¡Presente!

312093129_b64d023f134womenOn this day in 1980, those now known as “the four churchwomen of El Salvador” were brutally raped and murdered. Their bodies were found in these shallow graves two days later. And yes, I did place the grisly photo there for a reason.

A few weeks back, the New York Times published an excellent account of the story as part of their “Retro Report” series on the website. It is worth your time – 13 minutes -to watch this video. You can find “Killed in El Salvador: An American Story” here.

And yes, it should be distressing to all of us – all of us – to learn or to be reminded of the involvement of the US government in this event. We have a complicated history with El Salvador during that era.

The four women, Ita Ford MM, Maura Clarke MM, Dorothy Kazel OSU, and Jean Donovan lived and worked among the poor and destitute. The following words from Jean Donovan, the only lay person in the group always goes straight to my heart, particularly at this time of waiting during Advent.

The Peace Corps left today and my heart sank low. The danger is extreme and they were right to leave…. Now I must assess my own position, because I am not up for suicide. Several times I have decided to leave. I almost could, except for the children, the poor bruised victims of adult lunacy. Who would care for them? Whose heart would be so staunch as to favor the reasonable thing in a sea of their tears and helplessness? Not mine, dear friend, not mine.

We have many creature comforts and conveniences, as well as distractions and demands in our lives. It is easy to look away, it is easy in fact, to never look in the first place. Hence my choice of a single photo for this post.

During this time of Advent, we are called in fact to wait and to watch. It can be boring, it can be distressing. And to do otherwise might cause more spiritual harm than many of the things identified as “sin” in the world. Hannah Arendt’s remarks on the “banality of evil,” in which she reflects on Adolf Eichmann’s involvement in the Holocaust come to mind. She wrote about how he was a dutiful servant, with some ambition – not simply an anti-semetic ideologue. (A great link to explore Arendt and her work is here.)

Today’s Gospel should remind us of what we “see” and don’t see, of what holds our gaze and what causes us to turn away – and possibly to never look again, as Jesus says:

Turning to the disciples in private he said,
“Blessed are the eyes that see what you see.
For I say to you, many prophets and kings desired to see what you see,
but did not see it, and to hear what you hear, but did not hear it.”

Our Advent journey is meant to have us see it and hear it, even when – perhaps most especially when – we do not have the patience or courage to wait, to watch, to see and to hear.

The Four Churchwomen of El Salvador, as evidenced in Jean Donovan’s words above, waited, watched, they saw and heard – and it cost them their lives. So much might not be demanded of most of us, but make no mistake, remaining anything other than present – ¡Presente! – is not an option.

Ultimately, if you can’t stare at the Cross, deeply gazing at the Creche is not possible.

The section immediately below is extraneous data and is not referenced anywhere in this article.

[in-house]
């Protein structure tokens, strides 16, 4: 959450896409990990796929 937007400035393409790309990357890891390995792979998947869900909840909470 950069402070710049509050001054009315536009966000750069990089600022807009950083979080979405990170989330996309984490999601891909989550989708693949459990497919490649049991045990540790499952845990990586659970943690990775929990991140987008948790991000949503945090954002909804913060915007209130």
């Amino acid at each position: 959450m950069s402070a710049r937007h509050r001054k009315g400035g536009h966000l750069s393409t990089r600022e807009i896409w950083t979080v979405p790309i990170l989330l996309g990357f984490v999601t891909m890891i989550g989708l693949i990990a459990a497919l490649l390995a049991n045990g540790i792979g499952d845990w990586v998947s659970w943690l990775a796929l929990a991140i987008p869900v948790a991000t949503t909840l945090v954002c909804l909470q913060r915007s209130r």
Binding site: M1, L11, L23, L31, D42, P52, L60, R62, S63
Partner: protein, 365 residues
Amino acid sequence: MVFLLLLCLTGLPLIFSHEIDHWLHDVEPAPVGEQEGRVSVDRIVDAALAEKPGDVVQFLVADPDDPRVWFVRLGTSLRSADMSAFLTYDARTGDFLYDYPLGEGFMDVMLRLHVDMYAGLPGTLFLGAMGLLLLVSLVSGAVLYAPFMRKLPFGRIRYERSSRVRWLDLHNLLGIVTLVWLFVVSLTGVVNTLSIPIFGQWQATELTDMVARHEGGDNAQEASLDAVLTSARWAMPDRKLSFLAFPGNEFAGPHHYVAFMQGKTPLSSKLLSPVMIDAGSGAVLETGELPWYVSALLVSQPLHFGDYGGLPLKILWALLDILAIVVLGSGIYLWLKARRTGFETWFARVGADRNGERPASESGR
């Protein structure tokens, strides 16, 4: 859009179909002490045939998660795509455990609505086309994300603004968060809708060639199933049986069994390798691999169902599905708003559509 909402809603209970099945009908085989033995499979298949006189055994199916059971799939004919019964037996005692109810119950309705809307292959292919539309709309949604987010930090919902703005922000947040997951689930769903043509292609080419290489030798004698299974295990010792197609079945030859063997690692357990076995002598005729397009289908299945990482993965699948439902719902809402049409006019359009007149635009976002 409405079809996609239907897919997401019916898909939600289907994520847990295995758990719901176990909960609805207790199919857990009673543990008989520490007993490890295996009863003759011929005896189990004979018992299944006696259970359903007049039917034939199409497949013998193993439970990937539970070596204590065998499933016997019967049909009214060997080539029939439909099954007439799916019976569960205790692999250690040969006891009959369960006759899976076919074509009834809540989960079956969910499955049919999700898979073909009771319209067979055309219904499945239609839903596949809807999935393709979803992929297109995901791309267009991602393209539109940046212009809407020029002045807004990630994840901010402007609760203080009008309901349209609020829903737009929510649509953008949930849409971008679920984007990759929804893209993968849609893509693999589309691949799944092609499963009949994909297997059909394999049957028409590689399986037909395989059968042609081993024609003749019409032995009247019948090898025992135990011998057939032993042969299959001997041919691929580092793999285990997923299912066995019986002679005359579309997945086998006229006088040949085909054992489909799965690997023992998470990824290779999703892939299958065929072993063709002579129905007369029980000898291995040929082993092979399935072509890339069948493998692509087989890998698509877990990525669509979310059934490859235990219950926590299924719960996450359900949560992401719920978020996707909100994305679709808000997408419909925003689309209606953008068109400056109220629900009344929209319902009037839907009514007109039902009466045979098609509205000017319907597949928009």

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6 thoughts on “¡Presente!

  1. Fran, this truly spoke to me this morning. With all the upheaval these days around the world, including our own, painful realizations, it was good to be reminded the daily struggles that have been going on forever, as it seems. It is so easy to look away, or act if you don’t see. As I try to age gracefully, I find that I spend more time “looking” than ever before and if you can believe it, have been come somewhat more outspoken in my commentary about the ugly truths of the world. At times, it feels like if falls upon deaf ears and blind eyes.

    I recently set up my small crèche and nativity for the holiday. It’s tiny, but gives me great comfort. My mom collected them, so to speak, and I remember finding over 30 of them after she passed. It’s like having a little piece of her, but also a reminder of greater things.

    Thank you for the reminder this morning.

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    • My dear, dear Jules – thanks for reading and commenting. I’m glad that the post spoke to you, and the image of your mom’s nativity, the memory of her life held in the context of her passing – all very powerful. Lots of love to you, my friend.

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  2. Thank you , Fran. In response I will give you my poem prayer.
    Broken
    I have always gazed at your cross
    With shielded eyes
    Too frightened to absorb
    The sensless brutality of your death.

    Yet, you told Peter to get behind you
    When he begged you to avoid the pain.
    How did you know this cross was yours to bear?
    Who beckoned beyond the seeming end?

    Reveal the God of your strength
    And your love
    So that I may move to embrace
    The sorrows that are my own to bear,
    And join them by your holy grace
    To the suffering of all humaity
    Until we know beyond doubt and fear
    And even faith itself
    That you are among us
    And redemption is still your gift.

    (4/26/93)
    Phyllis Cardona

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  3. Reblogged this on Felician JPIC and commented:
    “the four churchwomen of El Salvador” we remember, they are NOT forgotten … can we forgive such cruelty? Give them eternal peace with You of Lord.

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